Monday, September 24, 2012

Permanent Change on the Way for the Estate Tax?

Jeffrey A. Cooper of Quinnipiac University School of Law makes the case in his recently published paper, Time for Permanent Estate Tax Reform:
In the next four years, preferably in the next four months, Congress and the President must work together to implement their own vision for the estate tax, rather than allowing mere inertia to effectuate choices made by their predecessors. Put simply, the Congress of 2013 must enact permanent estate tax reform.

Unfortunately, that task will not be so simple. In many ways, the challenge facing estate tax reform is but one narrow slice of a far larger problem confronting modern tax policy. In much of the recent past, Congressional action on tax legislation has been dictated by short-term considerations rather than long-term policy goals. Through skillful legislative drafting and genuine compromise, the President and the Congress of 2013 can reverse this trend. I offer this essay as a modest contribution to that effort.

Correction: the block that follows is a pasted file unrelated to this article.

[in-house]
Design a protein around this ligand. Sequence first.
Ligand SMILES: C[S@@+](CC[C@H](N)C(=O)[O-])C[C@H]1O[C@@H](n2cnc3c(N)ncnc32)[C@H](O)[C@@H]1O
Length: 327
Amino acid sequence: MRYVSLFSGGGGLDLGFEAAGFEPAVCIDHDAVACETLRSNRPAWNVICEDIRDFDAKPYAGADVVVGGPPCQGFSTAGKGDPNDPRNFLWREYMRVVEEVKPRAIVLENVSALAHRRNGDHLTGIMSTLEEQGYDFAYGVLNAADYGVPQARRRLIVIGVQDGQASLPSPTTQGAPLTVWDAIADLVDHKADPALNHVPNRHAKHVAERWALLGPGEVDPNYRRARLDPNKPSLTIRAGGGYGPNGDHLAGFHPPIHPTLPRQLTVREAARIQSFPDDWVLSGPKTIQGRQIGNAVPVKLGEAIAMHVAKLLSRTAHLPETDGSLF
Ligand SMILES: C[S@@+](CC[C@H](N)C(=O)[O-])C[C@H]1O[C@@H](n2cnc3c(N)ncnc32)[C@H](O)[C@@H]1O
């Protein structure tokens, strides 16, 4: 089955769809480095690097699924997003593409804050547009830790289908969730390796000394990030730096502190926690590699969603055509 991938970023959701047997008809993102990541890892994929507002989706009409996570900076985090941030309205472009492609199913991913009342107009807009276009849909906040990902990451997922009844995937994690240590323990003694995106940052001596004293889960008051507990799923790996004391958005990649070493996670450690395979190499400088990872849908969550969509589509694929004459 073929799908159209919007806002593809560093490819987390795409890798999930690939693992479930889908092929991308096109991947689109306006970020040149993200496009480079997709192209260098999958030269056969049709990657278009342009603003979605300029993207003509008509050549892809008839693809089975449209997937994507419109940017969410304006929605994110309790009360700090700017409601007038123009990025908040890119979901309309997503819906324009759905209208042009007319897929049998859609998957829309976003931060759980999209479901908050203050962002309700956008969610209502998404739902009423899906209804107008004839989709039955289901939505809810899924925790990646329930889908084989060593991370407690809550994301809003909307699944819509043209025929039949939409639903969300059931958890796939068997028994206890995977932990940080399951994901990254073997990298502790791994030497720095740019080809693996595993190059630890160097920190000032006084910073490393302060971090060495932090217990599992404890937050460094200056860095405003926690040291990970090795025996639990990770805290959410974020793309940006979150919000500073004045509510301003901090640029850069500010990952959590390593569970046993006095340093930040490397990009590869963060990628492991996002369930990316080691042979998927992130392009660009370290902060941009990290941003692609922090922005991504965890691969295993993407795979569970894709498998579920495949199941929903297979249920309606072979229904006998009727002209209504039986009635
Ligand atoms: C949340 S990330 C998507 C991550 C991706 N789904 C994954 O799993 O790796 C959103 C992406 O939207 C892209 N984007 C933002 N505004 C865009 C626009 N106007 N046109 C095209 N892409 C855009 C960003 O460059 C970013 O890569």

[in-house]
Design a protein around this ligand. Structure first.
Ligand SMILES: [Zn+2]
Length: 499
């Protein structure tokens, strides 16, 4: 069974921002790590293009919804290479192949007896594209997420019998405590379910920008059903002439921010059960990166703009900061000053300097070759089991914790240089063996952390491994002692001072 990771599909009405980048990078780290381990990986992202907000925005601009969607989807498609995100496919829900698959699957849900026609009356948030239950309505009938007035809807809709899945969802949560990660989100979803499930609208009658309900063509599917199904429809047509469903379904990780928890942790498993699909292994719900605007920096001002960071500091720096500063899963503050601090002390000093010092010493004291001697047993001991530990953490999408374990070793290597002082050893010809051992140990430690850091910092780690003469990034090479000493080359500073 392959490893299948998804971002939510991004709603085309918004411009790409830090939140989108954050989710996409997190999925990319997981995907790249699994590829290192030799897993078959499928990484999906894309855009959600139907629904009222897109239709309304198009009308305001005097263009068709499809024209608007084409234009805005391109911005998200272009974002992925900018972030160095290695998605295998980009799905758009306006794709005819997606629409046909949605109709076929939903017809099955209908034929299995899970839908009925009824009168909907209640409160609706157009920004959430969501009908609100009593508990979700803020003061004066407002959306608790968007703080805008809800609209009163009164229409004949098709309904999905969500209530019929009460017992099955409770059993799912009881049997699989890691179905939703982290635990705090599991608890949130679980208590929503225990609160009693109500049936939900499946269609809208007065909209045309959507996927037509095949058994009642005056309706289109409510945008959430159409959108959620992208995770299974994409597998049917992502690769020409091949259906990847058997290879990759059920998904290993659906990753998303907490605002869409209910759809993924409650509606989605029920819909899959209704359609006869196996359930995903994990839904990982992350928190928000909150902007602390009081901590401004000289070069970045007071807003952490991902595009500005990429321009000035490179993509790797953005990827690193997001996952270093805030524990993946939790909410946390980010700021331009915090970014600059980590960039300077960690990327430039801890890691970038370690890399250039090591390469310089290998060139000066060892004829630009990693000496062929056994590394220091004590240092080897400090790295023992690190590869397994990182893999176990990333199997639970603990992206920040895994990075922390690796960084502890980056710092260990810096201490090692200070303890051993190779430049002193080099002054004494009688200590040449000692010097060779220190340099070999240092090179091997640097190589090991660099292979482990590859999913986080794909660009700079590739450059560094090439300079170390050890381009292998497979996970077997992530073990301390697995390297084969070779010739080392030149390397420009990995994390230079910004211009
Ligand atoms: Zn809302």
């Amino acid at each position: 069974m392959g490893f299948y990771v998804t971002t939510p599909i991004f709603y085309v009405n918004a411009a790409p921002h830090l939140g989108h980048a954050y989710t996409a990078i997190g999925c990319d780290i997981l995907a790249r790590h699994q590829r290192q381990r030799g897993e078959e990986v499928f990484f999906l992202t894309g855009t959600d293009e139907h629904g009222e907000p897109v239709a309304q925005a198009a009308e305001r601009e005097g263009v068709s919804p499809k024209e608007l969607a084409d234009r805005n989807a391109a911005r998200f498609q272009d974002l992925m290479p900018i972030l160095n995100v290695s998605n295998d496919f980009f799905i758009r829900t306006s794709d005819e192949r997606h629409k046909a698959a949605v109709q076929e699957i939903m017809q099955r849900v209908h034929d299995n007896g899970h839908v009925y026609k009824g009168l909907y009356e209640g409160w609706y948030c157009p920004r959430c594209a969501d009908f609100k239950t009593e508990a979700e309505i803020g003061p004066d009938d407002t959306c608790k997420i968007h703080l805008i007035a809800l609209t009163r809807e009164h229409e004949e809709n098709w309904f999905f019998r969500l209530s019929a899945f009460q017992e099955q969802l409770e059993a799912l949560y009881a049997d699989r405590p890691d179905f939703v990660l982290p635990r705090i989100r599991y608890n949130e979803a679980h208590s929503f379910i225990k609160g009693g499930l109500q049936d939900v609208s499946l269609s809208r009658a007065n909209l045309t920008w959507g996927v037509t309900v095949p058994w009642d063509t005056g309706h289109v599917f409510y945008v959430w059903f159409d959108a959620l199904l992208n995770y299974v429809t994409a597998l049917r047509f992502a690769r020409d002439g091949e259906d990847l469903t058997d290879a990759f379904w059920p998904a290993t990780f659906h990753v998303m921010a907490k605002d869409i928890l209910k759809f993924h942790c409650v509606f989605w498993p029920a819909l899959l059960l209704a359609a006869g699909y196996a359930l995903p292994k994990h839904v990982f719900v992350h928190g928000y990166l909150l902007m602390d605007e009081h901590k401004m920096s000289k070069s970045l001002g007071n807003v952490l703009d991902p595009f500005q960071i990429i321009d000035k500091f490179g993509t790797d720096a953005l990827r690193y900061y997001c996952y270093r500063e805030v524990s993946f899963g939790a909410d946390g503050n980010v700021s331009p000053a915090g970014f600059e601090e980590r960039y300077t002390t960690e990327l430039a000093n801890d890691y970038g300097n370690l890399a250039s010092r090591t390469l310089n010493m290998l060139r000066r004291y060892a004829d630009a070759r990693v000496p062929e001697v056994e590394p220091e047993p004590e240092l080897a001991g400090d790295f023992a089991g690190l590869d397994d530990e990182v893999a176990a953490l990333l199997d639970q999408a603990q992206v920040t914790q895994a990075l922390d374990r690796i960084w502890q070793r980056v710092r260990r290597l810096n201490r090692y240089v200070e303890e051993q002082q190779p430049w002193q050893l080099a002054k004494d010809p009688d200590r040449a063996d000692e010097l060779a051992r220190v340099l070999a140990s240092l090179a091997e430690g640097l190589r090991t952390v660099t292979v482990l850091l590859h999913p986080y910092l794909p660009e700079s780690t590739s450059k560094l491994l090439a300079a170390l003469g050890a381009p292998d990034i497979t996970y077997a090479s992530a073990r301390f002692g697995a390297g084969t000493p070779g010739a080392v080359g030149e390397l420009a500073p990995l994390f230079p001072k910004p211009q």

Wednesday, September 19, 2012

Waldon: The Fiscal Cliff: Recession Looms Without Compromise, Leaders in Arkansas Fear

George Waldon of Arkansas Business warns of upcoming tax crisis in his article, The Fiscal Cliff: Recession Looms Without Compromise, Leaders in Arkansas Fear:

If Congress fails to address the so-called fiscal cliff, the United States faces another recession, leaving Arkansas political and business leaders to hope the critical hour of decision will force the appearance of bipartisanship.

The fiscal cliff remains an icon of the hour: a metaphorical escarpment built on a mountain of national debt that stands at $16 trillion and growing.

Threatening to send the economy tumbling over the edge in 2013 is a convergence of possible tax increases and automatic spending cuts intended to reduce the federal government's budget deficit.